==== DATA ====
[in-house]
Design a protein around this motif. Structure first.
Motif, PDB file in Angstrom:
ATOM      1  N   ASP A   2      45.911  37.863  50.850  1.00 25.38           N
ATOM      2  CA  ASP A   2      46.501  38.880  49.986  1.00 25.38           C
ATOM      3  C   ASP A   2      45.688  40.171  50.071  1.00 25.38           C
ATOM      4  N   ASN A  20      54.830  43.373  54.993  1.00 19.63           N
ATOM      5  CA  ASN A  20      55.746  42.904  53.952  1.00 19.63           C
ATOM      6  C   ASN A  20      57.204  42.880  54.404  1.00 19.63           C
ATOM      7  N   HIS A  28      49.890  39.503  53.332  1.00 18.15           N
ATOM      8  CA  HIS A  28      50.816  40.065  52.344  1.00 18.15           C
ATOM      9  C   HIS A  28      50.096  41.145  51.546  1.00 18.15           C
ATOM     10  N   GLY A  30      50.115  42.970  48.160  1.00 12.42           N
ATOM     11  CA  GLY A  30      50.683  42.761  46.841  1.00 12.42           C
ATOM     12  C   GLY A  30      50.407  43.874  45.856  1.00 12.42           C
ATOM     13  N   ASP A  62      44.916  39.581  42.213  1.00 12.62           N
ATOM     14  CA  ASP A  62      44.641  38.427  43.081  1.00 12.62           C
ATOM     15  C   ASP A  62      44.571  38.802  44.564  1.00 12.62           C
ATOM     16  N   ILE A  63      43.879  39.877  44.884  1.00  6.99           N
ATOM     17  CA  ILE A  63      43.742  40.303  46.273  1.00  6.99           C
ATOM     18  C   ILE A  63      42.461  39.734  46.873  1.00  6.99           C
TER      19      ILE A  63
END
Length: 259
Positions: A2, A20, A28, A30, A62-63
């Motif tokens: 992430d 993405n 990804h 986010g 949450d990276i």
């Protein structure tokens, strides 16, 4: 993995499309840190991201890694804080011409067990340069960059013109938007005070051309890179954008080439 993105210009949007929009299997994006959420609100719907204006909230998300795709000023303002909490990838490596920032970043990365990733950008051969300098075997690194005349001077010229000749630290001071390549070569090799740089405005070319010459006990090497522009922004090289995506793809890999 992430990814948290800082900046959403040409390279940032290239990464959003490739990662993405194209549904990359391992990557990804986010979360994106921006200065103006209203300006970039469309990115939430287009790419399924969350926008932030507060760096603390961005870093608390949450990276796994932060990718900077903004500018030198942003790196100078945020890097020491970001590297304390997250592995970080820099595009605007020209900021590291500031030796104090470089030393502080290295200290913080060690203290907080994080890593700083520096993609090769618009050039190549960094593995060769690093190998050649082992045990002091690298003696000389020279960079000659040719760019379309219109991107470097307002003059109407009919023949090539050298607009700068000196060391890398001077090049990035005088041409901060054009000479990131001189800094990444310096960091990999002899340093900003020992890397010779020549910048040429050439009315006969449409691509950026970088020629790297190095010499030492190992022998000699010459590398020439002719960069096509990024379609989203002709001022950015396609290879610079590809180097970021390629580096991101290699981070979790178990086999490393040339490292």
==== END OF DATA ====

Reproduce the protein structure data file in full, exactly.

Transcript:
[in-house]
Design a protein around this motif. Structure first.
Motif, PDB file in Angstrom:
ATOM      1  N   ASP A   2      45.911  37.863  50.850  1.00 25.38           N
ATOM      2  CA  ASP A   2      46.501  38.880  49.986  1.00 25.38           C
ATOM      3  C   ASP A   2      45.688  40.171  50.071  1.00 25.38           C
ATOM      4  N   ASN A  20      54.830  43.373  54.993  1.00 19.63           N
ATOM      5  CA  ASN A  20      55.746  42.904  53.952  1.00 19.63           C
ATOM      6  C   ASN A  20      57.204  42.880  54.404  1.00 19.63           C
ATOM      7  N   HIS A  28      49.890  39.503  53.332  1.00 18.15           N
ATOM      8  CA  HIS A  28      50.816  40.065  52.344  1.00 18.15           C
ATOM      9  C   HIS A  28      50.096  41.145  51.546  1.00 18.15           C
ATOM     10  N   GLY A  30      50.115  42.970  48.160  1.00 12.42           N
ATOM     11  CA  GLY A  30      50.683  42.761  46.841  1.00 12.42           C
ATOM     12  C   GLY A  30      50.407  43.874  45.856  1.00 12.42           C
ATOM     13  N   ASP A  62      44.916  39.581  42.213  1.00 12.62           N
ATOM     14  CA  ASP A  62      44.641  38.427  43.081  1.00 12.62           C
ATOM     15  C   ASP A  62      44.571  38.802  44.564  1.00 12.62           C
ATOM     16  N   ILE A  63      43.879  39.877  44.884  1.00  6.99           N
ATOM     17  CA  ILE A  63      43.742  40.303  46.273  1.00  6.99           C
ATOM     18  C   ILE A  63      42.461  39.734  46.873  1.00  6.99           C
TER      19      ILE A  63
END
Length: 259
Positions: A2, A20, A28, A30, A62-63
């Motif tokens: 992430d 993405n 990804h 986010g 949450d990276i």
């Protein structure tokens, strides 16, 4: 993995499309840190991201890694804080011409067990340069960059013109938007005070051309890179954008080439 993105210009949007929009299997994006959420609100719907204006909230998300795709000023303002909490990838490596920032970043990365990733950008051969300098075997690194005349001077010229000749630290001071390549070569090799740089405005070319010459006990090497522009922004090289995506793809890999 992430990814948290800082900046959403040409390279940032290239990464959003490739990662993405194209549904990359391992990557990804986010979360994106921006200065103006209203300006970039469309990115939430287009790419399924969350926008932030507060760096603390961005870093608390949450990276796994932060990718900077903004500018030198942003790196100078945020890097020491970001590297304390997250592995970080820099595009605007020209900021590291500031030796104090470089030393502080290295200290913080060690203290907080994080890593700083520096993609090769618009050039190549960094593995060769690093190998050649082992045990002091690298003696000389020279960079000659040719760019379309219109991107470097307002003059109407009919023949090539050298607009700068000196060391890398001077090049990035005088041409901060054009000479990131001189800094990444310096960091990999002899340093900003020992890397010779020549910048040429050439009315006969449409691509950026970088020629790297190095010499030492190992022998000699010459590398020439002719960069096509990024379609989203002709001022950015396609290879610079590809180097970021390629580096991101290699981070979790178990086999490393040339490292």